Much research has been done related to how women and men communicate and process information. Add to this the fact that the roles of women and men differ dramatically between cultures and you have a formula for potential communication breakdown in the classroom. Like any other issue of diversity, you cannot generalize about any group or issue.
Because this topic is far too complex to adequately address in this small section of the book, I encourage you to visit your local library and the Internet to research it in depth. There are also a number of books on the issue of gender communication cited in the Resources for Trainers section of the appendices.
A key gender issue that has surfaced in research is that men and women listen and communicate differently. There is a physiological difference in the structure of the brain in men and women that often leads to women taking in and attempting to process multiple signals and pieces of information while men often filter out background noise or input and focus on one issue. These differences and approaches to communication can sometimes lead to frustration, confusion, and even relationship breakdown.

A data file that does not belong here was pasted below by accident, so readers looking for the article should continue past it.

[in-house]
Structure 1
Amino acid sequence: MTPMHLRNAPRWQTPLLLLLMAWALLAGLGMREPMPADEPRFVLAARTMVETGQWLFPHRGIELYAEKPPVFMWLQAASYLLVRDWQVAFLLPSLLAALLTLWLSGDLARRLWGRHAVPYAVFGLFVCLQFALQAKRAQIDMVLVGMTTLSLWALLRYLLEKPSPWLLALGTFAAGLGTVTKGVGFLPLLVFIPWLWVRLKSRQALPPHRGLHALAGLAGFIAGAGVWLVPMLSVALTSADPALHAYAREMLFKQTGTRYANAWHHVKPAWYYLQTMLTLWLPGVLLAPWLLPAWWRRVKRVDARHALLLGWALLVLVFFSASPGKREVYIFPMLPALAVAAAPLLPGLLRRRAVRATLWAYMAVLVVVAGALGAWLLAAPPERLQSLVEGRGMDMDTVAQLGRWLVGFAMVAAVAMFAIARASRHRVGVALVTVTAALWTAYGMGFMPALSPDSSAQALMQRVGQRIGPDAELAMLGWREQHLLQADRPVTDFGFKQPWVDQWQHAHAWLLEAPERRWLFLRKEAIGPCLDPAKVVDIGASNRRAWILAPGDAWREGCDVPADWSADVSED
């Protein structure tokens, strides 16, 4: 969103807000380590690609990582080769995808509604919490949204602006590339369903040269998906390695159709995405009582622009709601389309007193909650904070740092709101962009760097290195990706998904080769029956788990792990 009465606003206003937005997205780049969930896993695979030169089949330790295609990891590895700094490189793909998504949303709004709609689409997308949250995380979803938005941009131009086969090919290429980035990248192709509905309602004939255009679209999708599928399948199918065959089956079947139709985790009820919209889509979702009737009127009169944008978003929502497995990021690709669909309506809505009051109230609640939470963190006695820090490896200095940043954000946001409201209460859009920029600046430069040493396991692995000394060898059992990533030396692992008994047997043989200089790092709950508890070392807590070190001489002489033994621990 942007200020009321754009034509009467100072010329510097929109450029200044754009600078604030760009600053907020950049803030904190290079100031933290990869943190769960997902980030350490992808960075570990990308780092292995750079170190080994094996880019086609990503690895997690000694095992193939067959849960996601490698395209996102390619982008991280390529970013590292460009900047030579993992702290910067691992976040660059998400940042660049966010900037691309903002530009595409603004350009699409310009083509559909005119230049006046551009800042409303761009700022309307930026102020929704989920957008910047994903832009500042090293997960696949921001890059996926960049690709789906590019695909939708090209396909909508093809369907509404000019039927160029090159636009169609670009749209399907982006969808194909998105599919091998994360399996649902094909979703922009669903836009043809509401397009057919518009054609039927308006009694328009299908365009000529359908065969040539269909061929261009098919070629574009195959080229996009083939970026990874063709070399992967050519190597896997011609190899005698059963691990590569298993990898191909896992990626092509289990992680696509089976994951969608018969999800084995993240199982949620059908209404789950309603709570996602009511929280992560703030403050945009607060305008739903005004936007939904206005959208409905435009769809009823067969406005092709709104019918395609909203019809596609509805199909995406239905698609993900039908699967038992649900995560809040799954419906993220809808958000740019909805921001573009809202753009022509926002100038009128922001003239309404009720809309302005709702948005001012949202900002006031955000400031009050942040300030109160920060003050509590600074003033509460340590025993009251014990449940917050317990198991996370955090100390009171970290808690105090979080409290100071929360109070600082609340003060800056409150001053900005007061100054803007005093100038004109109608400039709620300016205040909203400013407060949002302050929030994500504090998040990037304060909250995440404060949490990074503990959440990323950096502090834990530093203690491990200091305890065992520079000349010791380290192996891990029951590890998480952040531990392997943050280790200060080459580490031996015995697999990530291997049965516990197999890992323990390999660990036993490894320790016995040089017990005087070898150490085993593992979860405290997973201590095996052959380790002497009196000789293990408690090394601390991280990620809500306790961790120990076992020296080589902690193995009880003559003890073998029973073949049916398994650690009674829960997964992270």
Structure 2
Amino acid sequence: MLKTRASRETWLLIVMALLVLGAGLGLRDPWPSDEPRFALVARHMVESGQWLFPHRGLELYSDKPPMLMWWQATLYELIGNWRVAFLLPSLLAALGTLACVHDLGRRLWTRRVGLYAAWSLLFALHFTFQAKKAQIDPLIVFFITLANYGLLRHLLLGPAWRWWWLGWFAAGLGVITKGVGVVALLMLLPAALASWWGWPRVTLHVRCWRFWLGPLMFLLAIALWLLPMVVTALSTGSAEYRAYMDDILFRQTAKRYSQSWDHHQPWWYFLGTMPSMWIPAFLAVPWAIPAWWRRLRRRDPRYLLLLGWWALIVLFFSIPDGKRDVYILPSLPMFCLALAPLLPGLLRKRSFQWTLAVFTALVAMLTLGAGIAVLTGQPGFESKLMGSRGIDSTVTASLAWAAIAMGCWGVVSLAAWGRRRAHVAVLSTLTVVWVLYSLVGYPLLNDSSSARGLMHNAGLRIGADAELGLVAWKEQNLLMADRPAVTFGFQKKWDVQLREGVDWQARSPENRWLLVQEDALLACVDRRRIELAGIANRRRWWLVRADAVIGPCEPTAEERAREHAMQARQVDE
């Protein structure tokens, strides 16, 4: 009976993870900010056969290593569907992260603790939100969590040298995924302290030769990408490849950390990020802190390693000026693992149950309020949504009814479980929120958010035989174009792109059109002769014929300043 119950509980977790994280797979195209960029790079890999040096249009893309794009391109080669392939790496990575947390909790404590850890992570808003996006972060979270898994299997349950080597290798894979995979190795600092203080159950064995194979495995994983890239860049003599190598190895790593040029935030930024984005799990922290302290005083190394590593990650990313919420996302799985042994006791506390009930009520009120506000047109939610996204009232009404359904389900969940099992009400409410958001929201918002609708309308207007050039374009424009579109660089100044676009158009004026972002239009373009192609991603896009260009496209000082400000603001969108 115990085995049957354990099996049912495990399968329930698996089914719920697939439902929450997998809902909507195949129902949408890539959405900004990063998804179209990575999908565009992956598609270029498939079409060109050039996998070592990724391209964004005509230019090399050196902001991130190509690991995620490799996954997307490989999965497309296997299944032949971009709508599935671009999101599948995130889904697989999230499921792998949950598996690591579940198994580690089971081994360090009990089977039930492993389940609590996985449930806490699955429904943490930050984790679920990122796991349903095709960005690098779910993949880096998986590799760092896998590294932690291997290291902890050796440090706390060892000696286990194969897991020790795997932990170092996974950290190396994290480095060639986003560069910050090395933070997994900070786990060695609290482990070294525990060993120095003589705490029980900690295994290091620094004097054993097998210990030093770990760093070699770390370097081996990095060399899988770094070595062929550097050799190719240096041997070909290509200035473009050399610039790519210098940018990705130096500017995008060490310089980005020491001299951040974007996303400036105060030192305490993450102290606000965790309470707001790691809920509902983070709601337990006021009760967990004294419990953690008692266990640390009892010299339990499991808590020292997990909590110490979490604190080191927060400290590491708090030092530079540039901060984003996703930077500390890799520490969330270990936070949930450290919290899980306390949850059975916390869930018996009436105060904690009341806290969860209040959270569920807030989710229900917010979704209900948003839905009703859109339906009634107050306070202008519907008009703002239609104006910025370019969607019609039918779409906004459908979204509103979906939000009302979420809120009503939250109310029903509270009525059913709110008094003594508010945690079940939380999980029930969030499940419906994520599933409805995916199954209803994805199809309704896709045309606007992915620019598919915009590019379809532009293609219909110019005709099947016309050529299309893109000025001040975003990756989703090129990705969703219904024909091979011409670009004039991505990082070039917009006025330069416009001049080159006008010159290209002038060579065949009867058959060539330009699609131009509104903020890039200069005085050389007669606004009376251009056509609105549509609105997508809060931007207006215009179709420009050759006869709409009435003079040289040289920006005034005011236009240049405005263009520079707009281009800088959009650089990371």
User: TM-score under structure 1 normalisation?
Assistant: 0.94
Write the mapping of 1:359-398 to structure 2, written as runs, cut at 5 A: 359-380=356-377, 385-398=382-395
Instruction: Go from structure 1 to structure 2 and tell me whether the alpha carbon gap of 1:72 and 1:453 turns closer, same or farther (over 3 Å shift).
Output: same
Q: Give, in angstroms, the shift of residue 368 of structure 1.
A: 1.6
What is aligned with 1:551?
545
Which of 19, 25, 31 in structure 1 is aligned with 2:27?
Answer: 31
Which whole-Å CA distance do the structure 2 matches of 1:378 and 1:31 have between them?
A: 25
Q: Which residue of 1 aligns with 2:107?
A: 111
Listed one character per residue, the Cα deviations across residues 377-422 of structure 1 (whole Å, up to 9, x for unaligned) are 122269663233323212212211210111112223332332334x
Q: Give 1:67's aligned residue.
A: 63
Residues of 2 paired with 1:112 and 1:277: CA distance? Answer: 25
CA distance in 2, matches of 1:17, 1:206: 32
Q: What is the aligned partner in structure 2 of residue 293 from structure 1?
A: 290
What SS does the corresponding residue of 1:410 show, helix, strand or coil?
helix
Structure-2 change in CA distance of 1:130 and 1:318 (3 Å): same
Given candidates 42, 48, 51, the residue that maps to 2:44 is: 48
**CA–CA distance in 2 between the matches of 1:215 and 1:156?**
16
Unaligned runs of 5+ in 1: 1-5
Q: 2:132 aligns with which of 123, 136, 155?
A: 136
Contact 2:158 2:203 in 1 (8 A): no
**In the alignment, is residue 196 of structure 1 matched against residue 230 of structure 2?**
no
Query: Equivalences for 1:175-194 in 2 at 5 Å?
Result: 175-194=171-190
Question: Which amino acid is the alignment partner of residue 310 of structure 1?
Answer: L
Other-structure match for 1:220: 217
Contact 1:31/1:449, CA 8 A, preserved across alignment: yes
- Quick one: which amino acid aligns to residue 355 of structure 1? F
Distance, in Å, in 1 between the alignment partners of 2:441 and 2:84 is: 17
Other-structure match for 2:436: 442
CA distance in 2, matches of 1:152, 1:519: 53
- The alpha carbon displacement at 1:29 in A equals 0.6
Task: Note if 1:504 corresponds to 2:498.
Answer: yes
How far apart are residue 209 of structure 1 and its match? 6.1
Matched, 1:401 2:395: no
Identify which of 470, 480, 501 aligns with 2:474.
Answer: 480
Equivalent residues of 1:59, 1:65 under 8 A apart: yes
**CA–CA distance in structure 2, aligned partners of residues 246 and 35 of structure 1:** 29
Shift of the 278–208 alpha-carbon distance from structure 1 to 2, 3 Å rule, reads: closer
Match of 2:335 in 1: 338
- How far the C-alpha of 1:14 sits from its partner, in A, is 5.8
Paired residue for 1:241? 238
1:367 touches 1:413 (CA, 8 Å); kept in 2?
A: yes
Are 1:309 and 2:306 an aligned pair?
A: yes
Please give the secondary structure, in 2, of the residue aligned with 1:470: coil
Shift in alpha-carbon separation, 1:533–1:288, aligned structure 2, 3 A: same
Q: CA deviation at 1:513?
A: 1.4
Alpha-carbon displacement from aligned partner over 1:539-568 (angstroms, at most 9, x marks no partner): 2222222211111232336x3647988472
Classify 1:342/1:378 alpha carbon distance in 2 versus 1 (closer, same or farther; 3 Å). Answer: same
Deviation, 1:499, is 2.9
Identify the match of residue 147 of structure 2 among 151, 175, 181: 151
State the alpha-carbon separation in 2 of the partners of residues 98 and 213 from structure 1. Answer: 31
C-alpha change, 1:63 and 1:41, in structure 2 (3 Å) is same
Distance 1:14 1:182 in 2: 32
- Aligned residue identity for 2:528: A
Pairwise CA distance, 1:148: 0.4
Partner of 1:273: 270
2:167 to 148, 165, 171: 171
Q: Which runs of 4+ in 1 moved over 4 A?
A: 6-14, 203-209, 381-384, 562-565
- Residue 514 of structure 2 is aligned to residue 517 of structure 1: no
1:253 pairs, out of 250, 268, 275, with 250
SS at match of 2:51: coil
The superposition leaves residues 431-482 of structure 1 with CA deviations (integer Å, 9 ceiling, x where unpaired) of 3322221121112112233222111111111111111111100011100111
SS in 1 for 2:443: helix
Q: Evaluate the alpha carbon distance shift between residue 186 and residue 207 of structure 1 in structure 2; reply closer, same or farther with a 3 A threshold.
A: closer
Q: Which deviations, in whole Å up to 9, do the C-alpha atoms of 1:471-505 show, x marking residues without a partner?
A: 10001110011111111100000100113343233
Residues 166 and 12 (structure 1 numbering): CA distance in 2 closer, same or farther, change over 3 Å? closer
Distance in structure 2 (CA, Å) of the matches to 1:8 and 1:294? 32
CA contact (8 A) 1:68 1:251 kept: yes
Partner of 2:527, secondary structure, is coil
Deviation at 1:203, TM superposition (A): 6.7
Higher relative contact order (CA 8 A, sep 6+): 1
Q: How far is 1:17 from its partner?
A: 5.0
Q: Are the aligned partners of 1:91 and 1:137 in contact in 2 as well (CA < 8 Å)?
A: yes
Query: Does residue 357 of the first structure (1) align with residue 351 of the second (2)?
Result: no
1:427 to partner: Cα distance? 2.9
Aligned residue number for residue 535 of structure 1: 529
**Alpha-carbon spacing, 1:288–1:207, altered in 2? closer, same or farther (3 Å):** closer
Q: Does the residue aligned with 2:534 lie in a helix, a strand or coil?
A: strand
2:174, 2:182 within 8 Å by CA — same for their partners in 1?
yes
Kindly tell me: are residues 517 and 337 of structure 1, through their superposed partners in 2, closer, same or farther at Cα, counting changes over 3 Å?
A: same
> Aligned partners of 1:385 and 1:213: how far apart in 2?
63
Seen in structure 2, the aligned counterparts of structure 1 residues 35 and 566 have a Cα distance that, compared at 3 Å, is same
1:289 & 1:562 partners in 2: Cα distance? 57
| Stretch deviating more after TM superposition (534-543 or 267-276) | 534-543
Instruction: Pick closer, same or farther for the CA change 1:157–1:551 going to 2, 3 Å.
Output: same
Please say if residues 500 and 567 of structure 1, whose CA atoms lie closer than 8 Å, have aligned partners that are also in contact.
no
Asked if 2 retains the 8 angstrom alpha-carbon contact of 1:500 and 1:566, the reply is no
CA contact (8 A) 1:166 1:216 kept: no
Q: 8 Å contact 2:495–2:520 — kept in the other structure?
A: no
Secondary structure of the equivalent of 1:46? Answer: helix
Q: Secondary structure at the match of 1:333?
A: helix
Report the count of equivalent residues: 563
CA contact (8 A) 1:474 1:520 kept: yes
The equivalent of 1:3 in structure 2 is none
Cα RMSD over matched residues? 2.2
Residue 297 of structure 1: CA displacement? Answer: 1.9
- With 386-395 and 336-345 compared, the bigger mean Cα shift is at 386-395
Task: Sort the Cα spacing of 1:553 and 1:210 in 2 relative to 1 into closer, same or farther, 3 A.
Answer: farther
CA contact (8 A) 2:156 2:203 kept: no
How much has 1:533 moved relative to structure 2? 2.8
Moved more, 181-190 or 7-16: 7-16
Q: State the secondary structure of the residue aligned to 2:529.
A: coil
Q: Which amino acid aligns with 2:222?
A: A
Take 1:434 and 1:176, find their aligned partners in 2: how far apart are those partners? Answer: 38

Deborah Tannen, John Gray, and many others have written numerous books and articles on the way in which men and women listen and communicate. According to Tannen, women often listen for more emotional or rapport type messages, as well as for details. On the other hand, men often want the bottom line and listen for report type of information, such as facts, figures, or specifics. These differences in the classroom add the need for you to provide a variety of information in differing formats to address the needs of all of your participants. For example, you might pass out a fact sheet for the bottom-line people while telling an embellished story that gives background information related to the handout for the detail-oriented people.
PUTTING YOUR BRAIN TO WORK: ACTIVITY
Think of situations in which you were interacting with someone from the opposite gender and you encountered message breakdown.
Did their listening and communication style differ from yours? If so, in what ways?_
What challenges or complications did these differences create?
In retrospect, how did or could you have overcome the challenges?
How can you apply lessons learned in that situation to your classroom?
Communication does not begin with being understood, but with understanding others. —W. Steven Brown
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